Helping families is memorable

Like many who have sheltered during this pandemic, we have been flooded with the same commercials over and over.

I realize those commercials are expensive, but that is what got me to wondering. If these same companies put some of the money they have spent putting their name out there helping families, it would seem that would be some of the best advertising around.

When people get back on their feet, they will remember the companies that have helped during this time. They won't remember those that just bored us with the same car safety commercials over and over.

Safety needed outdoors, too

The old saying "A picture's worth a thousand words" appeared in living color in the Dec. 11 edition.

The photo was taken by Randy Barber at the Nov. 14 Flamingo Follies and depicts attendees jammed in the street like sardines.

There appear just three women and one man wearing masks in the picture. One infant in a stroller is being exposed to droplets from the many people who pass by the vulnerable child. Just one infected symptom-less attendee may have turned that annual celebration into a super-spreader event. Let's hope it didn't result in any illnesses.

Going maskless in crowded festivals, even though outdoors in fresh air, does not represent much common sense.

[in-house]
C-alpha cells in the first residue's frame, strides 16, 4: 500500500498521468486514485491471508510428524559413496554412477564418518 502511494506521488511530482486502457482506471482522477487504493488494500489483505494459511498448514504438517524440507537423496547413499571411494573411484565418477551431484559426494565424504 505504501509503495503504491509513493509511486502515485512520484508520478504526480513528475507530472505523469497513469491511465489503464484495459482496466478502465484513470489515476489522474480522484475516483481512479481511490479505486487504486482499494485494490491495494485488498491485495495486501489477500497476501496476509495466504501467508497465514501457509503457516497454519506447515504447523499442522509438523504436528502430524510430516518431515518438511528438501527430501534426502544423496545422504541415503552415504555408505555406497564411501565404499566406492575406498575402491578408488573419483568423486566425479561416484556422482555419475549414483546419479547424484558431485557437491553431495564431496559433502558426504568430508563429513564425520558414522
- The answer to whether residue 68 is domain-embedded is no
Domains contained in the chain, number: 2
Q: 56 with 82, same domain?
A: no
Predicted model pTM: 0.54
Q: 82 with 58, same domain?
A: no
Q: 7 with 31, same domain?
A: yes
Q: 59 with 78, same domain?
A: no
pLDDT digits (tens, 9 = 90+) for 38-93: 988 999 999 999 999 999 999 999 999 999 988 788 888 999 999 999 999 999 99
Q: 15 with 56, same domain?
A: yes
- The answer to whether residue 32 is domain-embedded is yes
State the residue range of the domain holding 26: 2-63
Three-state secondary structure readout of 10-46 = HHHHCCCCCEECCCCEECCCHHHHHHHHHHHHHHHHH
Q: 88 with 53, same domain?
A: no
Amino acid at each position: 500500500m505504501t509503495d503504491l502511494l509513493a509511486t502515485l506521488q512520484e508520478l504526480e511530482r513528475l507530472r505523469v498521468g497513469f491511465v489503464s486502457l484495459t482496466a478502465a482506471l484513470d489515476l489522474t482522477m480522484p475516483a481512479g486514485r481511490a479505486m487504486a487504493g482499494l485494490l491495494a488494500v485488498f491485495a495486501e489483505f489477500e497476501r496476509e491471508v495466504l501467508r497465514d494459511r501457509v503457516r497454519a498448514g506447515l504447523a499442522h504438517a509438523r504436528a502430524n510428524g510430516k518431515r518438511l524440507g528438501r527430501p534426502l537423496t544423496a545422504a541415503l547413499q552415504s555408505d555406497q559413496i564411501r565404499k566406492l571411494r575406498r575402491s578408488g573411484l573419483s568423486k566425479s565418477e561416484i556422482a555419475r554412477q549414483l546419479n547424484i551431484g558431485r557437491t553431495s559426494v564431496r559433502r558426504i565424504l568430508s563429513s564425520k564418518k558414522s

Rave on, neighbor

I have to rave about my State Farm Insurance agent, Stan Harrison, who is located on Canal Street in New Smyrna Beach.

I can't tell you how grateful I am to Mr. Harrison for all his time and assistance getting a claim approved for my property. He got the matter resolved quickly, and I will be forever grateful.

Annoying a pig?

Asking people to wear masks is like trying to teach a pig to sing.

It's a waste of my time and it only annoys the pig.

Mayor's equity initiative

As communities across the nation continue to protest unfair treatment of citizens, Daytona Beach Mayor Derrick Henry has started an equity initiative so the community can come together to help take steps to achieve the dream of a bias-free society.

“It is incumbent upon every citizen, neighborhood, institution and business to respond to what I view as an opportunity to have thought-provoking conversations, and establish sensible equity approaches for our community,” Mayor Henry said. “There is a role for every segment of our society, including business, education, law enforcement, healthcare and government to make a difference for others in our community.”

The Mayor hosted a virtual listening session that was open to the public Monday, June 29. Following the listening session, focus groups will work together during the next six months. Focus groups are: criminal justice, education, health/social services, media/business and neighborhood/clergy.

For more information about the mayor's initiative, visit

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